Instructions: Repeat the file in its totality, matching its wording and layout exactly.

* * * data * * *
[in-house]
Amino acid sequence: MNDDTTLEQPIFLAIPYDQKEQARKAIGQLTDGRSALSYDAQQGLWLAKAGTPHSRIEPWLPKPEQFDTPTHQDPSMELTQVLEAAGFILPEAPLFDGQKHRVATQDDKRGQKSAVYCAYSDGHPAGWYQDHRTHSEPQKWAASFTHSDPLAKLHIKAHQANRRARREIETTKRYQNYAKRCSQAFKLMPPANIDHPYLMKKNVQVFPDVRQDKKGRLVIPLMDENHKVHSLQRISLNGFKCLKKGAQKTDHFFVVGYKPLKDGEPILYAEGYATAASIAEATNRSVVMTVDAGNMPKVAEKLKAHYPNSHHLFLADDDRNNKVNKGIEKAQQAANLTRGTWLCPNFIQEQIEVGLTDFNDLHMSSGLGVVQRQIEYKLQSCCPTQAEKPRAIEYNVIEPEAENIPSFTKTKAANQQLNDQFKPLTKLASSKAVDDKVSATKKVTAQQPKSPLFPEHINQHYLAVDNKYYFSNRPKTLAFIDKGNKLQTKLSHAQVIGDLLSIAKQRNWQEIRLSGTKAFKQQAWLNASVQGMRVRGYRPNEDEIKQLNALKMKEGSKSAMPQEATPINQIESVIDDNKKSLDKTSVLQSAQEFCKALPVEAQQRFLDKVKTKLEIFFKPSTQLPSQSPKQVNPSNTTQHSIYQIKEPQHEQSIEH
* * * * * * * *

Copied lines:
[in-house]
Amino acid sequence: MNDDTTLEQPIFLAIPYDQKEQARKAIGQLTDGRSALSYDAQQGLWLAKAGTPHSRIEPWLPKPEQFDTPTHQDPSMELTQVLEAAGFILPEAPLFDGQKHRVATQDDKRGQKSAVYCAYSDGHPAGWYQDHRTHSEPQKWAASFTHSDPLAKLHIKAHQANRRARREIETTKRYQNYAKRCSQAFKLMPPANIDHPYLMKKNVQVFPDVRQDKKGRLVIPLMDENHKVHSLQRISLNGFKCLKKGAQKTDHFFVVGYKPLKDGEPILYAEGYATAASIAEATNRSVVMTVDAGNMPKVAEKLKAHYPNSHHLFLADDDRNNKVNKGIEKAQQAANLTRGTWLCPNFIQEQIEVGLTDFNDLHMSSGLGVVQRQIEYKLQSCCPTQAEKPRAIEYNVIEPEAENIPSFTKTKAANQQLNDQFKPLTKLASSKAVDDKVSATKKVTAQQPKSPLFPEHINQHYLAVDNKYYFSNRPKTLAFIDKGNKLQTKLSHAQVIGDLLSIAKQRNWQEIRLSGTKAFKQQAWLNASVQGMRVRGYRPNEDEIKQLNALKMKEGSKSAMPQEATPINQIESVIDDNKKSLDKTSVLQSAQEFCKALPVEAQQRFLDKVKTKLEIFFKPSTQLPSQSPKQVNPSNTTQHSIYQIKEPQHEQSIEH